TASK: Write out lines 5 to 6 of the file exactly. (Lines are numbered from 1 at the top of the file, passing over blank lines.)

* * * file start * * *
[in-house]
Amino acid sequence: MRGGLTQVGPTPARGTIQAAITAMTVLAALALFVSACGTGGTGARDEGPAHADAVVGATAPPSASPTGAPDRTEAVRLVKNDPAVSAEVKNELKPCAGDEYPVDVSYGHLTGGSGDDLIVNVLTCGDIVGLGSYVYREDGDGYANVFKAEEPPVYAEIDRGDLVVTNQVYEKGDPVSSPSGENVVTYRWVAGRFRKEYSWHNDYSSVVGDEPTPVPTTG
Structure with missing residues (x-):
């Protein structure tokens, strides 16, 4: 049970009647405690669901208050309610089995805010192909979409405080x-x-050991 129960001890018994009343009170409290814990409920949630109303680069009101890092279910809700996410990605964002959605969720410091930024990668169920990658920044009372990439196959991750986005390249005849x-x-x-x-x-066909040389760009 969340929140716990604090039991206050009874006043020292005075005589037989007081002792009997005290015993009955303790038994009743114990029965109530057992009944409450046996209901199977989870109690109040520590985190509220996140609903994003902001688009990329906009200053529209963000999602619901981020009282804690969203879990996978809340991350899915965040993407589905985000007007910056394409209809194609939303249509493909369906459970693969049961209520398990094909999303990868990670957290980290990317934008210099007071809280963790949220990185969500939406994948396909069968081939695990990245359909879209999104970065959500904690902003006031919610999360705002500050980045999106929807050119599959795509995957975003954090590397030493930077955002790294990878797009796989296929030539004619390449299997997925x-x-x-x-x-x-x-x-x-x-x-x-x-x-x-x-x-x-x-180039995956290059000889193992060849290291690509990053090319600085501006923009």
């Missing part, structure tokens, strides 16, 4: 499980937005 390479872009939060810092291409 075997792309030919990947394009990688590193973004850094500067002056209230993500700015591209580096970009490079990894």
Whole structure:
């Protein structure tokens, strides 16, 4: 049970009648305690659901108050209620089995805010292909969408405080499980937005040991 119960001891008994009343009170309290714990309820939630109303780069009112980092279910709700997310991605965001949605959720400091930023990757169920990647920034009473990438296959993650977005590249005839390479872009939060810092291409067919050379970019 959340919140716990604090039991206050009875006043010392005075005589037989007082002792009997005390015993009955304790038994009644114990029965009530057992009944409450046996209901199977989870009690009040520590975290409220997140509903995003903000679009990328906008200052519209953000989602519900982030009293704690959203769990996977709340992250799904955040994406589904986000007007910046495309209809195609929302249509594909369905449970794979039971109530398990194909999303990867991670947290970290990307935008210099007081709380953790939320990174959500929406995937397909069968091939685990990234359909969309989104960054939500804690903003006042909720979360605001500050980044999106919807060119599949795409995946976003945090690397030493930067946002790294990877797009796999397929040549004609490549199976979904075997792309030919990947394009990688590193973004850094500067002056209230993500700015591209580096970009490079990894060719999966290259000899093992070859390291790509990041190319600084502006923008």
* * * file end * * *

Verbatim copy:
């Missing part, structure tokens, strides 16, 4: 499980937005 390479872009939060810092291409 075997792309030919990947394009990688590193973004850094500067002056209230993500700015591209580096970009490079990894």
Whole structure: